Inverting the Pyramid: How HR Can Respond to the Talent Crisis

While leaders contend with an unpredictable 2023 business environment, the struggle to find and retain talent lingers as a top concern. For some companies, the lack of trained and available staff has been a direct and highly visible cause of lackluster revenue, underperforming earnings and angry customers. A recent Manpower Group study reported that seventy-five percent of companies surveyed across eight countries and regions were experiencing talent shortages, creating profound implications for the retention and upskilling of workers.

Just below the surface of these immediate business impacts is another critical challenge that human resource leaders must acknowledge – the impact on the managers and leaders attempting to hold things together during the seemingly endless stretch of more work than staff. The extra work managers are absorbing, along with the daily anxiety produced by their attempt to keep their team or group functioning, is resulting in never-before-seen levels of stress and burnout. If these managers and leaders can’t find much-needed support from their human resources staff, they will likely be the next talent tragedy, resigning their positions when it all becomes too much to handle.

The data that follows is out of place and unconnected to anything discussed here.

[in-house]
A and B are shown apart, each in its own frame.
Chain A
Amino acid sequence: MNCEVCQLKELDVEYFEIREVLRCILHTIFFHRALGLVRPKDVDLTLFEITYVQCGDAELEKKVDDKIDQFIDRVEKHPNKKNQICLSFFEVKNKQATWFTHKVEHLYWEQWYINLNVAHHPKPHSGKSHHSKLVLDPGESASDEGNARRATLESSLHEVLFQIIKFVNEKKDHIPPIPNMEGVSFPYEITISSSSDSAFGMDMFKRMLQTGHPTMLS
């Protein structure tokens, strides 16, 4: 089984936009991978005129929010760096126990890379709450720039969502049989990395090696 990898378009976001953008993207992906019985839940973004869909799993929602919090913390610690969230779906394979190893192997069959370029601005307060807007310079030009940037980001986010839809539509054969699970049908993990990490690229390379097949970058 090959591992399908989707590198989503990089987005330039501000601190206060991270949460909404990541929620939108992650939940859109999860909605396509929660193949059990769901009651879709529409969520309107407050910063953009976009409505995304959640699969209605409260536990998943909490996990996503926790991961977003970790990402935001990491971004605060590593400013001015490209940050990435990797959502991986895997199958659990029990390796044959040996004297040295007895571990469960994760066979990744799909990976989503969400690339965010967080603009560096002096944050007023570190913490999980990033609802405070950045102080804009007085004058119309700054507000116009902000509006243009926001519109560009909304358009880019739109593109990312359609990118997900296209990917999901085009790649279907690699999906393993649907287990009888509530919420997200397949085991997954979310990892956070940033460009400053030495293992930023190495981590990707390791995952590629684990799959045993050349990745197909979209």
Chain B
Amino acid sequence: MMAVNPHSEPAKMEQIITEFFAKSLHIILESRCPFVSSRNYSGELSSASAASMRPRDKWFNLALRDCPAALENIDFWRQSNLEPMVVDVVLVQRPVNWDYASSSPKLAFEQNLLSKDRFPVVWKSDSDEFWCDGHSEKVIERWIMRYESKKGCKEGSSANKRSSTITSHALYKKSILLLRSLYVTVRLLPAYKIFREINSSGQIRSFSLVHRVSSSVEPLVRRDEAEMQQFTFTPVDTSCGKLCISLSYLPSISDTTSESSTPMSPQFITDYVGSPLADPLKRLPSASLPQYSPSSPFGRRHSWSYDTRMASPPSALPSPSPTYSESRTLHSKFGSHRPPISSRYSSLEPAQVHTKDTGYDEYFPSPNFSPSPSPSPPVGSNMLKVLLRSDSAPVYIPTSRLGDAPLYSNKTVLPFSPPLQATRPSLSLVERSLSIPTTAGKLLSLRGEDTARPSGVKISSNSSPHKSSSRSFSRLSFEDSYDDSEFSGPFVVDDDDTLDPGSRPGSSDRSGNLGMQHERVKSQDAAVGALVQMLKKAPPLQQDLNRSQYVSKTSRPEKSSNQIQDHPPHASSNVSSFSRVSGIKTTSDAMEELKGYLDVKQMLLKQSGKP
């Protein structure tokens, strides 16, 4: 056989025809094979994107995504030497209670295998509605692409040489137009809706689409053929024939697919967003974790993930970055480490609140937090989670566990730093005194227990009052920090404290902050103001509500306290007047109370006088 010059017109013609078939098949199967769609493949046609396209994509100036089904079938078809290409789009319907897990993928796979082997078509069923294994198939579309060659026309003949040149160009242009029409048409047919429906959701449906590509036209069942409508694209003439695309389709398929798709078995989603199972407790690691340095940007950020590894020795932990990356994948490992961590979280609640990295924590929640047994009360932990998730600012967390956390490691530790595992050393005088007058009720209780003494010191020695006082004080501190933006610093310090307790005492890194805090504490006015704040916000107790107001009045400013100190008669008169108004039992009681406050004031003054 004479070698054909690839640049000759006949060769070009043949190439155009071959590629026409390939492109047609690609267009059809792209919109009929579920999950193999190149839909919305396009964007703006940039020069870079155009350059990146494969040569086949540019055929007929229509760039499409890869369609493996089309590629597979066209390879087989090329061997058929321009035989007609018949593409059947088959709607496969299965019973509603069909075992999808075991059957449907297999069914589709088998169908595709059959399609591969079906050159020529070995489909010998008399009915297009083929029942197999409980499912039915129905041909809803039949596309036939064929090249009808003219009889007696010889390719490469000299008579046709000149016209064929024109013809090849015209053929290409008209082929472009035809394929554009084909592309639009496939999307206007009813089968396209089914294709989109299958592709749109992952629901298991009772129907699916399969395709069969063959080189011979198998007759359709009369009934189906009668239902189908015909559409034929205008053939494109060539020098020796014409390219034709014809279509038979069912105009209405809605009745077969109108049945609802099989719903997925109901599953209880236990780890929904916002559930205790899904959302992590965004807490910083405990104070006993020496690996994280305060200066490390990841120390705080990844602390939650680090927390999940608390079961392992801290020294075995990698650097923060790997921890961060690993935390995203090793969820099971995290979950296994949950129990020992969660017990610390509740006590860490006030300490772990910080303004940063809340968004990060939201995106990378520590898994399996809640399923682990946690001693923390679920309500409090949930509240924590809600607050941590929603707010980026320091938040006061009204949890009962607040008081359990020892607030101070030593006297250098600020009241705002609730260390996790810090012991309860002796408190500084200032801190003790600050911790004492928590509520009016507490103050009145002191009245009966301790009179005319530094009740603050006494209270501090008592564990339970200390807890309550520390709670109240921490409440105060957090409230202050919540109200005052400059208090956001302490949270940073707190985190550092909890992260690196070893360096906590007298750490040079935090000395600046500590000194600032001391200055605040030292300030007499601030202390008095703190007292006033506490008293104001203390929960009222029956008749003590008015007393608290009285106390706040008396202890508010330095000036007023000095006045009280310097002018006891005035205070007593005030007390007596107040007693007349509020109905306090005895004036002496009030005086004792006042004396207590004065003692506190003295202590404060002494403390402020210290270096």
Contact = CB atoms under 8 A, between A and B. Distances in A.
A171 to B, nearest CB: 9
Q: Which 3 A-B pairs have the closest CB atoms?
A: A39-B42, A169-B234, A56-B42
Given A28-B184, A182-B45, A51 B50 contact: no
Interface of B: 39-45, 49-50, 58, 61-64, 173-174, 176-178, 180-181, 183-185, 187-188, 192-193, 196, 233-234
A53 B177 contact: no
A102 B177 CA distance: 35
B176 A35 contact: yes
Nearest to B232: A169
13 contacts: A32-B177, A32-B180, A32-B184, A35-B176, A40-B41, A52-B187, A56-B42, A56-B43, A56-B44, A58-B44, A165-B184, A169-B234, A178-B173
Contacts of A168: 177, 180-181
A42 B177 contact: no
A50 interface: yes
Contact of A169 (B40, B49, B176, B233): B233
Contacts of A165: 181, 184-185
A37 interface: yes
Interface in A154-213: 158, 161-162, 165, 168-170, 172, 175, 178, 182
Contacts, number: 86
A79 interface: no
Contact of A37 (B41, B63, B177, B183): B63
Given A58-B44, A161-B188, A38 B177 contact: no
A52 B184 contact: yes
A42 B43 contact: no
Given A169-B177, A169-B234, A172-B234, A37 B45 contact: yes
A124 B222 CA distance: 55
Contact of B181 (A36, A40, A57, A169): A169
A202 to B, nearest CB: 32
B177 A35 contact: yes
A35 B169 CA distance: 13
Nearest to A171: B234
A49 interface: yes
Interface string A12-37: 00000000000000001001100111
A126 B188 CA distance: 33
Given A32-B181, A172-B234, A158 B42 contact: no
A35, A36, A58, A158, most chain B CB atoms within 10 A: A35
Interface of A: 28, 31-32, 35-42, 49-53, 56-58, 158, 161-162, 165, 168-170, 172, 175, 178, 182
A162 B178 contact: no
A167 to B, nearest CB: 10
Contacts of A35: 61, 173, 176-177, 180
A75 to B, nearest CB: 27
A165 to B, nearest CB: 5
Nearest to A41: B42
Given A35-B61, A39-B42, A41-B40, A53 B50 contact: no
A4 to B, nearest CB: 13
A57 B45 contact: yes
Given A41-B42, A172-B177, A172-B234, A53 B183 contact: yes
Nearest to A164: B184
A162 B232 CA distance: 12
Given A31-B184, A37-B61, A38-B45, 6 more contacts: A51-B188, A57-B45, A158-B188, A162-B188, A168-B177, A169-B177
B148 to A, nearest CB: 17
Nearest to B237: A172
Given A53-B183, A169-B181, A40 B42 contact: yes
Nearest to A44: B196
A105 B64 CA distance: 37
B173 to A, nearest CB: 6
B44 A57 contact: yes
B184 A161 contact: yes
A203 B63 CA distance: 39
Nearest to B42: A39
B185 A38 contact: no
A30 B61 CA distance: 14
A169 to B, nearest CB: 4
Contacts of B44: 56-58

How can human resource professionals help combat this dangerous cycle and contribute directly to the bottom-line performance of their organization?

Consider inverting the pyramid.

Traditional talent management and development activities begin with a needs analysis of long-term priorities driven from atop the pyramid. Organizational-wide programs such as annual succession planning, talent calibration, career development plans, and performance management take not only the time of the HR and talent development team to plan and execute the work, but require already taxed managers to provide input to these systems and have conversations at predetermined cadences during the year.

Are these programs valuable to building a long-term talent pipeline? Absolutely! Should you consider suspending some of these activities and replacing them with immediate, short-term, bottoms-up programs during challenging business conditions? Absolutely!


While having retention plans in place for the highest paid, most costly to fill senior level positions is important, don’t overlook your role in helping to shore up struggling departments. Start by collecting job and people data on the underperforming areas of your business that are closest to your customers. As you choose where to place your HR team’s resources for the year, focus on departments that are consistently more than 20% understaffed. This bottoms-up approach can allow you to target your limited resources with specific areas that need the most support for achieving your business objectives for the year. 

Simply redistributing work won’t cut it. The HR team is uniquely suited for working with each functional leader to create more significant talent picture and plan for their area of influence. After identifying the specific pockets within your organization that need the most attention and securing executive level buy in to postpone some of your annual top-down activities, it’s time to roll-up your sleeves and dig in.


This is triage time, requiring immediate action and results. It’s time to do, not delegate. HR professionals can add value by using their facilitation skills to help leaders to clarify and prioritize work.

When helping leaders and teams mitigate their talent issues, consider these three high-impact approaches: